Depending on the manufacturer, routers have different instructions on how to change Wi-Fi channels. Most commonly, they start by launching a web browser from a device that is connected to the router’s IP address and logging in using a provided default admin username and password.
Channels consist of 11 frequency zones, and not all channels are available across different regions. When in doubt and in possession of a 2.4 GHz frequency router, a good rule of thumb is to remember channels 1, 6, and 11. These are channels that are considered “non-overlapping”. Things get slightly more complicated with 5 GHz frequencies due to the number of channels that can be selected, which includes 23 different options. On average, most modern routers are adjusted to one frequency by default. That’s why it is important to know how to select and change a Wi-Fi channel accordingly.
HOW TO FIND THE BEST OPTION
The better option, if available, is to select a router that has a dual-band option. These routers have the capability to utilize both 2.4 GHz and 5 GHz frequency bands. While 5 GHz frequency is regarded as a better option due to its strength, the capabilities for 2.4 GHz frequencies cannot be disregarded when compared to the longer distances they reach in respect to 5 GHz frequencies. While these routers are a “better” option compared to a simple and older 2.4 GHz capable router, they still tend to commonly resort to the same default channel.
The goal is to have channels overlap as little as possible. This is done by reducing the number of channels present by switching them over to other less congested channels. The channel spectrum is 100 MHz wide, a measurement used to measure transmission speeds. This width controls how much data passes through alongside with its speed. On the 2.4GHz spectrum, each channel is 20MHz wide. Since each individual channel is separated by a mere 5 MHz, it’s easy to see how co-channel interference or overlap occurs. Clustered channels are similar to placing several people closely side-by-side and expecting them to do jumping jacks effortlessly. If you want an efficient way to analyze which option is right to take, NetSpot Wi-Fi channel scanner shows, on a line graph, where channel overlap is present and how to decongest it.
When multiple users have games running or have multiple videos and various other content streaming, bandwidth usage can slow down data processing speeds. Co-channel interference is a common problem that arises within households and workplaces due to the number of devices all vying for the same clustered channels. Another reason behind interferences is the presence of Bluetooth devices. Although not all may use Wi-Fi connections themselves to function, they do emit noise that can interfere with transmission signals. Even other household electronics such as microwaves or fridges can obstruct this transmission path, resulting in a poor Wi-Fi connection.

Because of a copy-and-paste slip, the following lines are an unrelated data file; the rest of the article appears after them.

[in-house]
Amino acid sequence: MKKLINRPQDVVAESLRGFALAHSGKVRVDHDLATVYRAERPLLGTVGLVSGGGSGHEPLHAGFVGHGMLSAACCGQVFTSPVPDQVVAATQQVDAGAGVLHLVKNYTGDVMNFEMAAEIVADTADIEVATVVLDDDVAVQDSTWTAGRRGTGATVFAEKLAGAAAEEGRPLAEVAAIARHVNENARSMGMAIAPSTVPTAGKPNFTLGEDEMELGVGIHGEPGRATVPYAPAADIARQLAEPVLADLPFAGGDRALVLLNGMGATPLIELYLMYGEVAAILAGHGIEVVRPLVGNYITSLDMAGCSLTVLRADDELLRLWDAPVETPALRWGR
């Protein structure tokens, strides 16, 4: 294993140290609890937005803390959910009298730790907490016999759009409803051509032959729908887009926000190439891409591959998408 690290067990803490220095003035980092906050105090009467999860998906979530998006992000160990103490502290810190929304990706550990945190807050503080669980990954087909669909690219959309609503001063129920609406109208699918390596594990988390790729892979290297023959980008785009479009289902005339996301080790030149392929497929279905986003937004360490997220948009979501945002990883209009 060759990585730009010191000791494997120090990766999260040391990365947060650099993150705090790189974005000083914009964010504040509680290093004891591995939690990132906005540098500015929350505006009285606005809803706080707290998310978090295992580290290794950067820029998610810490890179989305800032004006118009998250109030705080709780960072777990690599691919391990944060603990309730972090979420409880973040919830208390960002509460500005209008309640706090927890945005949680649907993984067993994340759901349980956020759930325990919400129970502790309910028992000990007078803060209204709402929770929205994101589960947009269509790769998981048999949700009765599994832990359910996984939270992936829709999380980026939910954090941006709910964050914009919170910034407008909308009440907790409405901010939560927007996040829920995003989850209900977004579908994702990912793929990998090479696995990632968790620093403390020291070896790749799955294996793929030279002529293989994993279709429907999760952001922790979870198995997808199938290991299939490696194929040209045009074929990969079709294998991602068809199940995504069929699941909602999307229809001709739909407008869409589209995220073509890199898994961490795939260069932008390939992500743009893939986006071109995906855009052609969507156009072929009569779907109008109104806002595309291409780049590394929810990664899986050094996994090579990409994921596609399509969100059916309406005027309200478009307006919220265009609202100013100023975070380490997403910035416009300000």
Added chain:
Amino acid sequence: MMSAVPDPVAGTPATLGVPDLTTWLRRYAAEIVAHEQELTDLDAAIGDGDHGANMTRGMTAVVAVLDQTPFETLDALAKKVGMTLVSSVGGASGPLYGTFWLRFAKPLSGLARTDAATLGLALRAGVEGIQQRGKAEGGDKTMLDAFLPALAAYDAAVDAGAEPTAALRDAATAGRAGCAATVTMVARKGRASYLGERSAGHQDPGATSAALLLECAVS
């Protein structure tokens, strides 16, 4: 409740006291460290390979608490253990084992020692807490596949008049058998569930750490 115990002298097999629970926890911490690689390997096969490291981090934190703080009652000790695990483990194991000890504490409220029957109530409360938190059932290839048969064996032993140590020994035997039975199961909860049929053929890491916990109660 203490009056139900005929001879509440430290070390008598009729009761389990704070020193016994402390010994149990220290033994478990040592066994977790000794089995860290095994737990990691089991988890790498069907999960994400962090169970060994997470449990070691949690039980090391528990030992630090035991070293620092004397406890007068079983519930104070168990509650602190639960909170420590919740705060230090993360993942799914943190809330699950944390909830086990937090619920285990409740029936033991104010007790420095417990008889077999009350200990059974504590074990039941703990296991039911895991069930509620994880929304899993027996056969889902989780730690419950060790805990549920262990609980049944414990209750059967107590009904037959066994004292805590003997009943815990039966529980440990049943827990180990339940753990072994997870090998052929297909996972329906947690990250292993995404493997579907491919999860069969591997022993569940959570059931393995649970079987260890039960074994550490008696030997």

It’s difficult and utterly inconvenient to limit the number of devices each user is connected to at a given time. Your work or leisure time shouldn’t be interrupted by the fear of channel-hogging. Why wait in a queue with personal devices when your channels can be virtually clutter-free?
The best option for the formerly mentioned question is to download NetSpot. NetSpot with a built-in channel scanner simplifies the process of having to switch between different channels to find the least interference.
HOW TO IMPROVE WI-FI USING WI-FI CHANNEL SCANNER
Modems and routers tend to frequently change channels, jumping from one-to-another automatically, that’s why it is often advised to run a channel scanner on a timed basis. This is due to settings already in place by the manufacturer or initial set-up.
When various devices are connected to one channel, network speeds may suffer the consequences. This is caused by an overlapping phenomenon known as “adjacent-channel” interference. One of the tell-tale signs of channel interference occurring is having a strong Wi-Fi connection display but somehow poor internet speeds.
Your devices shouldn’t have to fight through crowds of endless channels to compete with the best connectivity possible. Selecting the right channel can be overwhelming without any guidance to go by. This can be easily done by heading over to the Discover Mode option within the app and selecting band frequency. From here, choose either 2.4 GHz or 5 GHz and see where channels are the most congested.
The graph shows which channels are overlapping and if there are any inactive networks present. The most probable move to make after viewing NetSpot’s channel visualization chart is to select a channel with the fewest connections listed.
Say goodbye to channel surfing.